Program:
DateSpeakerAffiliationTime
Thu 20.07.2017   Prof. Dr. Tanja Schilling  Universität Freiburg  16:30 s.t.
Prof. Dr. Tanja Schilling: „Playful Physics”
Universität Freiburg - Seminar@HHUD: 20.07.2017 16:30 s.t., Lecture hall 25.31 O0.5J

Chemotactic motion is the motion of living organisms in response to chemical signals as e.g. motion of bacteria towards sources of food. We discuss chemotaxis in a porous medium using as a model a biased (6quot;hungry") random walk on a percolating cluster. Incidentally, the model closely resembles the 1980s arcade game Pac-Man. We observe that, on the percolating cluster, the hungry random walker's mean-squared displacement shows anomalous dynamics that follow a power law with a dynamical exponent different from both that of a self avoiding random walk as well as that of an unbiased random walk. The change in dynamics with the propensity to move towards food is well described by a dynamical exponent that depends continuously on this propensity.

In the second part we apply a similar, physics-based approach to a more complex game, the game of chess. The complexity of a game is usually estimated in terms of the size of its state space (i.e. the number of possible configurations) and the size of its game tree (i.e. the number of distinct possible games). For chess these have been estimated to be on the order of its game tree (i.e. the number of distinct possible games). For chess these have been estimated to be on the order of 1042 resp 10120 . A chess player's experience however, shows that many possible configurations never occur in real play. The connectivity of state-space seems to matter significantly for the complexity. Using transition path sampling we show that the state space of chess consists of ca. 1020 pockets that are only weakly connected. The pockets are distinguished mainly by their pawn structure. Real games take place only in a few of these pockets. That chess is still highly complex can be attributed to the fact that 1022 - although considerably smaller than the entire set of states - is still a very large number.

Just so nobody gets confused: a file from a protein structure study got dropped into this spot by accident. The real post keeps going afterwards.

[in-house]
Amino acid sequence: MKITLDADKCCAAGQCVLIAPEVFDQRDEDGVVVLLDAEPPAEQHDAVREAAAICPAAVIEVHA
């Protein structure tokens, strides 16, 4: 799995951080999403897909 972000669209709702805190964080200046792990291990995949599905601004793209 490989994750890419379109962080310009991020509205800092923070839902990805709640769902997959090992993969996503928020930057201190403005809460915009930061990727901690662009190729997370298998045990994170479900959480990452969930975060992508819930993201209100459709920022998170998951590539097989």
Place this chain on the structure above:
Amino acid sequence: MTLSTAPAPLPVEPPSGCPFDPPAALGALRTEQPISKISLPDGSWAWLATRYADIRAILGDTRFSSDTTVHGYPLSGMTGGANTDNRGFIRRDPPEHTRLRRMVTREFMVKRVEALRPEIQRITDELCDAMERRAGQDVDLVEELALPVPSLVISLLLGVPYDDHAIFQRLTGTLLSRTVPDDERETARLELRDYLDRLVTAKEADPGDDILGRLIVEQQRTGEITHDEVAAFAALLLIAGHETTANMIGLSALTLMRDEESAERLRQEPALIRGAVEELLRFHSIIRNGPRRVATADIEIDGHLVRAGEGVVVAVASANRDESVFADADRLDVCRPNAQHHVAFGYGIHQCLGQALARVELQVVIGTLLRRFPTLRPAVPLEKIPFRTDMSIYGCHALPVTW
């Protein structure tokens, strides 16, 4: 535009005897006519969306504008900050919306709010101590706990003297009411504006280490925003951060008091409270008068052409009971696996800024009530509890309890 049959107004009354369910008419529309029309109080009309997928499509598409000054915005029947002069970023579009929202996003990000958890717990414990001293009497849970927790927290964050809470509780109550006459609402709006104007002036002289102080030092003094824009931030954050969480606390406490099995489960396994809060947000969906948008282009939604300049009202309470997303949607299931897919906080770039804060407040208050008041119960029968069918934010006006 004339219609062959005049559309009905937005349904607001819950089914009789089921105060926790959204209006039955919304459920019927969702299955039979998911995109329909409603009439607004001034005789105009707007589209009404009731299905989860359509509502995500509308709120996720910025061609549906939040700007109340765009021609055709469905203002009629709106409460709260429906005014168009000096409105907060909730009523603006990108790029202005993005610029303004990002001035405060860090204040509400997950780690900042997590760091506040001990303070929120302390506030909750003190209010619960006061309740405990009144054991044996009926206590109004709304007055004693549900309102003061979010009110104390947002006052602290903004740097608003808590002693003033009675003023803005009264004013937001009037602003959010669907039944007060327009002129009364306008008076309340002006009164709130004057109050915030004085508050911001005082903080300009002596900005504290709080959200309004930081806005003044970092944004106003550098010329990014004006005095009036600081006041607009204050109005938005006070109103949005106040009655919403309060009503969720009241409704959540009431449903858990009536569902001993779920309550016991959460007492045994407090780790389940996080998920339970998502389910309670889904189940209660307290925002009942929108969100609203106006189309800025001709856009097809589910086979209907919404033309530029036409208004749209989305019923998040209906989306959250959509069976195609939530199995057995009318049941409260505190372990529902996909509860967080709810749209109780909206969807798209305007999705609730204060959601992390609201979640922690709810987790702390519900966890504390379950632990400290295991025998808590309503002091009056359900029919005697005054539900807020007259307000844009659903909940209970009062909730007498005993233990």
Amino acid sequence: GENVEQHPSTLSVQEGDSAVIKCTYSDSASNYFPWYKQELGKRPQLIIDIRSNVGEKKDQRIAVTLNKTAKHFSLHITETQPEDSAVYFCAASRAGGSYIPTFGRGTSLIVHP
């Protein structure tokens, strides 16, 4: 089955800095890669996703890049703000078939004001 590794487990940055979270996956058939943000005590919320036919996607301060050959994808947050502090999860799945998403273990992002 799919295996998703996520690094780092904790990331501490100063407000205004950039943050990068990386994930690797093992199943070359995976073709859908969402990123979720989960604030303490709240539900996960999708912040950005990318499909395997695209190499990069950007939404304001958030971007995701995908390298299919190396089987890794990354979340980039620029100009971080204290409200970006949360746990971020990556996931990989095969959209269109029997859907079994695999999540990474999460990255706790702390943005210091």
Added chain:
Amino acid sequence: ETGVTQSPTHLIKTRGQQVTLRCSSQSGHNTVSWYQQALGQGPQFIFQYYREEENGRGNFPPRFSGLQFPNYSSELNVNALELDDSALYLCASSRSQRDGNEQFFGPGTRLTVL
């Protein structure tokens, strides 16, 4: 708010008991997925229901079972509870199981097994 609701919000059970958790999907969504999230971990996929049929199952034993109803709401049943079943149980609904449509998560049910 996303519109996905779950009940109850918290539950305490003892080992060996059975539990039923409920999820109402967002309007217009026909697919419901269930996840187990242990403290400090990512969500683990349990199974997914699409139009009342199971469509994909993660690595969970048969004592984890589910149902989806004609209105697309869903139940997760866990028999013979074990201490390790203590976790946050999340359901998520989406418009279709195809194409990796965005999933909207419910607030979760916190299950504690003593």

Playful Physics
Thu 29.06.2017   Prof. Dr. Holger Stark  Institut für Theoretische Physik, Technische Universität Berlin  16:30 s.t.
Microswimmers: From design principles to their emergent collective behavior
Thu 26.01.2017   Prof. Karsten Flensberg  Niels Bohr Institute, University of Copenhagen, Denmark  16:30 s.t.
Towards Majorana-based topological qubits?
Thu 19.01.2017   Prof. Michael Eikerling  Simon Fraser University, Vancouver, Canada  16:30 s.t.
The Physics of Electrochemical Energy Conversion
Thu 08.12.2016   PD Dr. Antonio Di Piazza  Max-Planck-Institut für Kernphysik, Heidelberg  16:30 s.t.
Tests of classical and quantum electrodynamics in intense laser beams
Thu 24.11.2016   Prof. Dr. Susana Huelga  Universität Ulm  16:30 s.t.
Vibrations, Quanta and Biology
Thu 27.10.2016   Prof. Joseph Indekeu  Theoretical Physics, KU Leuven, Belgium  16:30 s.t.
Short-range wetting in two dimensions: is it always second-order?
WE Physik, Heinrich-Heine-Universität Düsseldorf

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Seminar about Bachelor, Master and other Theses from the Institut for Theoretical Physics II

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Link: Physics Colloquium